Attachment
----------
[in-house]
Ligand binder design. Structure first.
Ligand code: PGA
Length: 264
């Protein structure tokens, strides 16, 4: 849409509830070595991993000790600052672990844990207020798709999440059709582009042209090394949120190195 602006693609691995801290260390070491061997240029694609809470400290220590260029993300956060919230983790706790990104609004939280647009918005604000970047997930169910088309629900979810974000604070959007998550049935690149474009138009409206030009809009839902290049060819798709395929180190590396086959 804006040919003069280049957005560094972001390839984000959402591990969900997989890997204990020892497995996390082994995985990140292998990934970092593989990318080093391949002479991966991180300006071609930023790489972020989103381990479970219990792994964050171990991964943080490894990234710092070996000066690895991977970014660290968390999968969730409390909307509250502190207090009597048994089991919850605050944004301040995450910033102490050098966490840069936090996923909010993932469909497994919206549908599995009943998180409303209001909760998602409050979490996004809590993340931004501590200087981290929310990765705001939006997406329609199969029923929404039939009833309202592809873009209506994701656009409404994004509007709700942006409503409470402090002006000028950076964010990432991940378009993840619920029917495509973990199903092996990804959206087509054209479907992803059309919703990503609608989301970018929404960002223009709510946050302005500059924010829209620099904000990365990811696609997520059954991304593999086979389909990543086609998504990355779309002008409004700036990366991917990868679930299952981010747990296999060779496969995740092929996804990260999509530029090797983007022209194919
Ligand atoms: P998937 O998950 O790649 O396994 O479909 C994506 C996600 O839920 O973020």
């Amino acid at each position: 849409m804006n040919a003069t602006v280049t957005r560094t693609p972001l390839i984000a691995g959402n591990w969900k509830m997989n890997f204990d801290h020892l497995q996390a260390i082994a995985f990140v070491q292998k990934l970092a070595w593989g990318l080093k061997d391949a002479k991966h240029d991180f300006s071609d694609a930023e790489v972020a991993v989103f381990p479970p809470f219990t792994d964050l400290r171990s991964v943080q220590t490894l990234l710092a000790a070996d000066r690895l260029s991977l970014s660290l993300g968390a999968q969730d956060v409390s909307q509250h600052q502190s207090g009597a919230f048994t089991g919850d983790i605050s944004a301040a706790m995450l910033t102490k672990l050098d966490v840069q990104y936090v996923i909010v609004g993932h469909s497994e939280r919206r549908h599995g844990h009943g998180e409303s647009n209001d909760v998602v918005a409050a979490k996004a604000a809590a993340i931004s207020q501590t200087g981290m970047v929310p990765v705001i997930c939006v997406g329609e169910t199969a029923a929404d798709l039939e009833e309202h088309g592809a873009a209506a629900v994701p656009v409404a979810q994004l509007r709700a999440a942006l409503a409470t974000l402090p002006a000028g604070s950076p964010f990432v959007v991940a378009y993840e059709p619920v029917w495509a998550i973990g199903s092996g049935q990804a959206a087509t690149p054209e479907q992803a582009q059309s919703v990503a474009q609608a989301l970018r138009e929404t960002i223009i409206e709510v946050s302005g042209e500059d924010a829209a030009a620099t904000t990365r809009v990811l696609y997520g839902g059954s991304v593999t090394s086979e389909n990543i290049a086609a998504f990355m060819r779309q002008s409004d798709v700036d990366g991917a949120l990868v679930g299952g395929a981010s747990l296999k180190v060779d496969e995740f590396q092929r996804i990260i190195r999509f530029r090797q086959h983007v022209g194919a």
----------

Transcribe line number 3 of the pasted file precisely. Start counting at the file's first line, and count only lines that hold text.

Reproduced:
Ligand code: PGA